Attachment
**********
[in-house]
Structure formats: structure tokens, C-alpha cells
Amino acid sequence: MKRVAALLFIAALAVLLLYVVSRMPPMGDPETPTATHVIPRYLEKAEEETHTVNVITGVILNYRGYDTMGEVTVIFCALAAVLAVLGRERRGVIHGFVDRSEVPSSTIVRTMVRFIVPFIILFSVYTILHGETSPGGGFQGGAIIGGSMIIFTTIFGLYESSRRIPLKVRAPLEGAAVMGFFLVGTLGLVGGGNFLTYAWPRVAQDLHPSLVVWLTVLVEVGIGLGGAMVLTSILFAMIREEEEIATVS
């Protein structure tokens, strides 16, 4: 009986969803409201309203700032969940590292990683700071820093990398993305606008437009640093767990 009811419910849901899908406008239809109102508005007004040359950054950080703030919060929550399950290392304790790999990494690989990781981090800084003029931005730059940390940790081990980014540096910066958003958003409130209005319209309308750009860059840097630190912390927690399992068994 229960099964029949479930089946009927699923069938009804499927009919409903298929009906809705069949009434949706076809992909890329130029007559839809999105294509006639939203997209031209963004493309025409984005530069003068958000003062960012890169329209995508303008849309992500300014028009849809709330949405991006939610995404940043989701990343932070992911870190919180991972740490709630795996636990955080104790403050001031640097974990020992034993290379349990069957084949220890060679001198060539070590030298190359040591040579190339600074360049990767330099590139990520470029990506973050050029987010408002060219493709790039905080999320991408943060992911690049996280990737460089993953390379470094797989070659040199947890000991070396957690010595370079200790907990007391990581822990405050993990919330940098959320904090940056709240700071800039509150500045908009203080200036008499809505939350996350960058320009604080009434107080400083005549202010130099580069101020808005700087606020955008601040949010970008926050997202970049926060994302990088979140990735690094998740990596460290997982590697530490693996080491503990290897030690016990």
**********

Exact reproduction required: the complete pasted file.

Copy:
[in-house]
Structure formats: structure tokens, C-alpha cells
Amino acid sequence: MKRVAALLFIAALAVLLLYVVSRMPPMGDPETPTATHVIPRYLEKAEEETHTVNVITGVILNYRGYDTMGEVTVIFCALAAVLAVLGRERRGVIHGFVDRSEVPSSTIVRTMVRFIVPFIILFSVYTILHGETSPGGGFQGGAIIGGSMIIFTTIFGLYESSRRIPLKVRAPLEGAAVMGFFLVGTLGLVGGGNFLTYAWPRVAQDLHPSLVVWLTVLVEVGIGLGGAMVLTSILFAMIREEEEIATVS
């Protein structure tokens, strides 16, 4: 009986969803409201309203700032969940590292990683700071820093990398993305606008437009640093767990 009811419910849901899908406008239809109102508005007004040359950054950080703030919060929550399950290392304790790999990494690989990781981090800084003029931005730059940390940790081990980014540096910066958003958003409130209005319209309308750009860059840097630190912390927690399992068994 229960099964029949479930089946009927699923069938009804499927009919409903298929009906809705069949009434949706076809992909890329130029007559839809999105294509006639939203997209031209963004493309025409984005530069003068958000003062960012890169329209995508303008849309992500300014028009849809709330949405991006939610995404940043989701990343932070992911870190919180991972740490709630795996636990955080104790403050001031640097974990020992034993290379349990069957084949220890060679001198060539070590030298190359040591040579190339600074360049990767330099590139990520470029990506973050050029987010408002060219493709790039905080999320991408943060992911690049996280990737460089993953390379470094797989070659040199947890000991070396957690010595370079200790907990007391990581822990405050993990919330940098959320904090940056709240700071800039509150500045908009203080200036008499809505939350996350960058320009604080009434107080400083005549202010130099580069101020808005700087606020955008601040949010970008926050997202970049926060994302990088979140990735690094998740990596460290997982590697530490693996080491503990290897030690016990």